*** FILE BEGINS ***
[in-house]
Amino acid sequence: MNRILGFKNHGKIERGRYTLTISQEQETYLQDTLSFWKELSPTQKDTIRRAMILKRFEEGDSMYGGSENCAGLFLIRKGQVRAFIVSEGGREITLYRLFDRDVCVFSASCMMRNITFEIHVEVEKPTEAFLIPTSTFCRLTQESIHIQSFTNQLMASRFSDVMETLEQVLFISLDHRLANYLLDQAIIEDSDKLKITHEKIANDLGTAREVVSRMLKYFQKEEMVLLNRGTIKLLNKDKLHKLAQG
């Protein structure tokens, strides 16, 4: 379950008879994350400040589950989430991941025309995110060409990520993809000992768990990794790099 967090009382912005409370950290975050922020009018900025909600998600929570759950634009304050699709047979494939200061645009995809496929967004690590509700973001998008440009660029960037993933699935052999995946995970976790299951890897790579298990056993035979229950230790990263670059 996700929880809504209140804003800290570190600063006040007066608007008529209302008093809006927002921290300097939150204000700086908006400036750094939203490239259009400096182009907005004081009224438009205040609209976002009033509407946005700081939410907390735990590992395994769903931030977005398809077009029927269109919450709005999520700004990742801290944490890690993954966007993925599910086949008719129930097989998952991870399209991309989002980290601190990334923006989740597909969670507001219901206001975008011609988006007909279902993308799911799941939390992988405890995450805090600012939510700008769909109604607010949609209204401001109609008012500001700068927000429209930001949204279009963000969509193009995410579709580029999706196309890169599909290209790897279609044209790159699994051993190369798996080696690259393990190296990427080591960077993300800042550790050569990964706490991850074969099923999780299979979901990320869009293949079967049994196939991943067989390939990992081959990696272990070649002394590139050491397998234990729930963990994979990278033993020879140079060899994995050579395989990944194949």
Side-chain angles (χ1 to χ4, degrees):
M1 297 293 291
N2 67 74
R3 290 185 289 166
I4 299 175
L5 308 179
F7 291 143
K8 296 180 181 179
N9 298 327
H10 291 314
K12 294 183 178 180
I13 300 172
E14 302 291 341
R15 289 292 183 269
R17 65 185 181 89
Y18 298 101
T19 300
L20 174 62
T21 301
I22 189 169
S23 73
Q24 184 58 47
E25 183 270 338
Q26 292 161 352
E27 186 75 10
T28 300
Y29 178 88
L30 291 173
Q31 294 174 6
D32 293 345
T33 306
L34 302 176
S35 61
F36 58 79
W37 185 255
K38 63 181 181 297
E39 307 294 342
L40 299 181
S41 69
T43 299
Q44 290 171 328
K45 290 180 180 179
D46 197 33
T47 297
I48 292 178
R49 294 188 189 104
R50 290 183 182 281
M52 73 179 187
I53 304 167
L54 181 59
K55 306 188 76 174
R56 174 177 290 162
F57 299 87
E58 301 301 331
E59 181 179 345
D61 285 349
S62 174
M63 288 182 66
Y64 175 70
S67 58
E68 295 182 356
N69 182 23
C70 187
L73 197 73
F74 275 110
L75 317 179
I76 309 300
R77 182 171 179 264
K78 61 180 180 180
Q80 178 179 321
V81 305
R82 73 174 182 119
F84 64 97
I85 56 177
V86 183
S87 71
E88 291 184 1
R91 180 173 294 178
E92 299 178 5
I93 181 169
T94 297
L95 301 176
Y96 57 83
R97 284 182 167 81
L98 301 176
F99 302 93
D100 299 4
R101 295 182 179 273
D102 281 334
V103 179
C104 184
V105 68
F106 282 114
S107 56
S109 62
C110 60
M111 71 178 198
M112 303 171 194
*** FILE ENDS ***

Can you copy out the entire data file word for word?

[in-house]
Amino acid sequence: MNRILGFKNHGKIERGRYTLTISQEQETYLQDTLSFWKELSPTQKDTIRRAMILKRFEEGDSMYGGSENCAGLFLIRKGQVRAFIVSEGGREITLYRLFDRDVCVFSASCMMRNITFEIHVEVEKPTEAFLIPTSTFCRLTQESIHIQSFTNQLMASRFSDVMETLEQVLFISLDHRLANYLLDQAIIEDSDKLKITHEKIANDLGTAREVVSRMLKYFQKEEMVLLNRGTIKLLNKDKLHKLAQG
């Protein structure tokens, strides 16, 4: 379950008879994350400040589950989430991941025309995110060409990520993809000992768990990794790099 967090009382912005409370950290975050922020009018900025909600998600929570759950634009304050699709047979494939200061645009995809496929967004690590509700973001998008440009660029960037993933699935052999995946995970976790299951890897790579298990056993035979229950230790990263670059 996700929880809504209140804003800290570190600063006040007066608007008529209302008093809006927002921290300097939150204000700086908006400036750094939203490239259009400096182009907005004081009224438009205040609209976002009033509407946005700081939410907390735990590992395994769903931030977005398809077009029927269109919450709005999520700004990742801290944490890690993954966007993925599910086949008719129930097989998952991870399209991309989002980290601190990334923006989740597909969670507001219901206001975008011609988006007909279902993308799911799941939390992988405890995450805090600012939510700008769909109604607010949609209204401001109609008012500001700068927000429209930001949204279009963000969509193009995410579709580029999706196309890169599909290209790897279609044209790159699994051993190369798996080696690259393990190296990427080591960077993300800042550790050569990964706490991850074969099923999780299979979901990320869009293949079967049994196939991943067989390939990992081959990696272990070649002394590139050491397998234990729930963990994979990278033993020879140079060899994995050579395989990944194949």
Side-chain angles (χ1 to χ4, degrees):
M1 297 293 291
N2 67 74
R3 290 185 289 166
I4 299 175
L5 308 179
F7 291 143
K8 296 180 181 179
N9 298 327
H10 291 314
K12 294 183 178 180
I13 300 172
E14 302 291 341
R15 289 292 183 269
R17 65 185 181 89
Y18 298 101
T19 300
L20 174 62
T21 301
I22 189 169
S23 73
Q24 184 58 47
E25 183 270 338
Q26 292 161 352
E27 186 75 10
T28 300
Y29 178 88
L30 291 173
Q31 294 174 6
D32 293 345
T33 306
L34 302 176
S35 61
F36 58 79
W37 185 255
K38 63 181 181 297
E39 307 294 342
L40 299 181
S41 69
T43 299
Q44 290 171 328
K45 290 180 180 179
D46 197 33
T47 297
I48 292 178
R49 294 188 189 104
R50 290 183 182 281
M52 73 179 187
I53 304 167
L54 181 59
K55 306 188 76 174
R56 174 177 290 162
F57 299 87
E58 301 301 331
E59 181 179 345
D61 285 349
S62 174
M63 288 182 66
Y64 175 70
S67 58
E68 295 182 356
N69 182 23
C70 187
L73 197 73
F74 275 110
L75 317 179
I76 309 300
R77 182 171 179 264
K78 61 180 180 180
Q80 178 179 321
V81 305
R82 73 174 182 119
F84 64 97
I85 56 177
V86 183
S87 71
E88 291 184 1
R91 180 173 294 178
E92 299 178 5
I93 181 169
T94 297
L95 301 176
Y96 57 83
R97 284 182 167 81
L98 301 176
F99 302 93
D100 299 4
R101 295 182 179 273
D102 281 334
V103 179
C104 184
V105 68
F106 282 114
S107 56
S109 62
C110 60
M111 71 178 198
M112 303 171 194